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Subscribe to this list via RSS Blog posts tagged in Wild Hunt

Posted by on in Culture Blogs
The Year of the Wild Hunt

Minneapolis: Samhain 1986

For the big public Samhain that year, we wanted to avoid the usual cliches: the skulls, the jack o' lanterns.

So we threw a Wild Hunt instead.

300 people crowded—probably in contravention of fire regulations—into a park building in South Minneapolis.

The drums come up. We're dancing.

Suddenly, the Deer is among us: tall, lean, naked in antlers and paint, he dances with a cervine grace.

The drums change. Enter the Hunters, men and women, pounding the butts of their spears on the ground.

The Hunt ensues. We become the trees of the forest: the Deer dodges among us. The Hunters pursue.

(With the eye of years, I see the potential danger here. I like to think that we saw it then, too. In fact, no one was injured.)

The Hunters surround the Deer. Then comes the moment of grace. Seeing that he can't escape, he gives himself to it.

The Deer crouches, then springs straight up into the air. The Hunters' spears track him as he rises and falls. As he lands, the spears thud home.

The Hunters kneel: first silent, heads bowed, then keening. People mourn with them. Real tears rain down. Everyone has some private grief; public mourning heals.

The Hunters hoist the Deer onto their shoulders. Exit Hunters, with Deer.

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Posted by on in Culture Blogs
Yule Man

Odin is well-known for his many bynames and, interestingly, one of them—Jólnir—specifically associates him with Yule.

Jólnir  (YOLE-neer) is hard to translate. "Yule-man"? "Yule One"? "He of Yule"? "Yule-er"?

The title clearly derives from Jól, Yule. -Nir is an Old Norse suffix of agency. An English equivalent would be -er, but unlike -er, which attaches to verbs, -nir pairs with nouns. Interestingly, it is a common element in Old Norse name-creation:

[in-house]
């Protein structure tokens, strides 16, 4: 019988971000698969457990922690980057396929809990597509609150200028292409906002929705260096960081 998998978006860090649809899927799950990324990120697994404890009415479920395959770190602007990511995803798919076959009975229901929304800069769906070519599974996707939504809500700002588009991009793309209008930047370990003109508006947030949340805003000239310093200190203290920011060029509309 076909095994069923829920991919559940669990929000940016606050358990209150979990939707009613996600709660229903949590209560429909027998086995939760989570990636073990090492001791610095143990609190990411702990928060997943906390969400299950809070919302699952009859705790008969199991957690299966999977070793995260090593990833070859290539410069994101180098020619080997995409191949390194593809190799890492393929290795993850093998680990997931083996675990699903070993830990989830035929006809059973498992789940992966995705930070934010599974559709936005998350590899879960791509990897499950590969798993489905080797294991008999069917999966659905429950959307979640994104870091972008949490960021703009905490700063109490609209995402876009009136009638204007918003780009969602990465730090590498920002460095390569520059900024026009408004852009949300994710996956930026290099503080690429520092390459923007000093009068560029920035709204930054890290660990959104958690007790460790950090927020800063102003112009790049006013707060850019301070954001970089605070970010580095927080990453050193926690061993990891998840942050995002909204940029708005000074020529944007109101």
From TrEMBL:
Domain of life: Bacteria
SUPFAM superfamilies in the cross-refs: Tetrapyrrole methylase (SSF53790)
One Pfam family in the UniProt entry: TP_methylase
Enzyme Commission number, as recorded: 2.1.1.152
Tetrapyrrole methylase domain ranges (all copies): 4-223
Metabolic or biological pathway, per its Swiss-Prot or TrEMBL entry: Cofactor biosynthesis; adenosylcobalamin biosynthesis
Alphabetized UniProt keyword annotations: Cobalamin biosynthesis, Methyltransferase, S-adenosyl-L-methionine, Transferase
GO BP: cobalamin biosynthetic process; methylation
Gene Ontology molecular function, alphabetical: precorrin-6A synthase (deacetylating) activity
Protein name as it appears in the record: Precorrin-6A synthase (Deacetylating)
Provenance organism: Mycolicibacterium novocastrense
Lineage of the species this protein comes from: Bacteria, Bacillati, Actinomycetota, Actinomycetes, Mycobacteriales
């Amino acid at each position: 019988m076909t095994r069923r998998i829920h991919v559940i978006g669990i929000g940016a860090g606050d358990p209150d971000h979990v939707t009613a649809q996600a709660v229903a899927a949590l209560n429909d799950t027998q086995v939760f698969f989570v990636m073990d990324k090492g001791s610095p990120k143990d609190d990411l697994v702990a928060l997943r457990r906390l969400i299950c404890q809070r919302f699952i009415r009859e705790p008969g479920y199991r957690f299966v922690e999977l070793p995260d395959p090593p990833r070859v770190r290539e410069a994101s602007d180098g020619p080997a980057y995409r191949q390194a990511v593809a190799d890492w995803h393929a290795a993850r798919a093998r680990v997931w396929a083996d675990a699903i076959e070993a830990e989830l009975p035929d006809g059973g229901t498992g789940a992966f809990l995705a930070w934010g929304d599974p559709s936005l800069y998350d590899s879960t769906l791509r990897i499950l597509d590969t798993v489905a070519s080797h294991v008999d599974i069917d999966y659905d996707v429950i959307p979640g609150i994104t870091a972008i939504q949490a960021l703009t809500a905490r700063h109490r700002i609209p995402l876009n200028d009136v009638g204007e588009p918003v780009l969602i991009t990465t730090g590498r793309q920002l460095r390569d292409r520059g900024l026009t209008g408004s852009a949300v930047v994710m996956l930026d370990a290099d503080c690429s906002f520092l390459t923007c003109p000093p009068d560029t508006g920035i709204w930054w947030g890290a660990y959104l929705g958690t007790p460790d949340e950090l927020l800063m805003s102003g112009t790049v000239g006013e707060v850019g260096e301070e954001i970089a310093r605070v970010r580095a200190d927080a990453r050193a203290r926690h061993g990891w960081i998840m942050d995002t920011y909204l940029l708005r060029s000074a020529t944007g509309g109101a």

Sleipnir, Odin's eight-legged horse = “slip-er,"

Skírnir, Frey's attendant = “shine-r,”

Gleipnir, the chain that bound Fenris-wolf = “open-er,”

Grímnir, another title of Odin = “mask-er” (or “hood-er”), and, of course, mostly famously of all,

Mjöllnir, the name of Thor's Hammer: “mill-er.”

So maybe “Yuler” would be the most accurate translation, though it's hard not to think of the German Weihenachtsmann, the “Yule Man.” (Modern German pagans have taken to calling Yule Weihenacht—which is an older form of the word—to differentiate it from Weihnacht, “Christmas.”)

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Posted by on in Paths Blogs

Cernunnos is known by many names. The Horned God, God of the Hunt, Lord of the Animals. He can be found in the sacred grove in the heart of the forest, in the call of the rutting stag. Of all the names he is known as I grew up knowing him as Herne the Hunter. As I generally make female dolls I was quite surprised that Cernunnos appeared, maybe I was inspired by the fallow deer stags I got to hang out with this summer.

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Recent Comments - Show all comments
  • Jude Lally
    Jude Lally says #
    Ah! I was wondering who he had a message for, as it wasn't me!!!
  • Dragon Dancer
    Dragon Dancer says #
    Yep, apparently!
  • Dragon Dancer
    Dragon Dancer says #
    OMG I love him! I shouldn't have, but...yeah, that was me who just snatched him up. I've been wanting one of your dolls - still in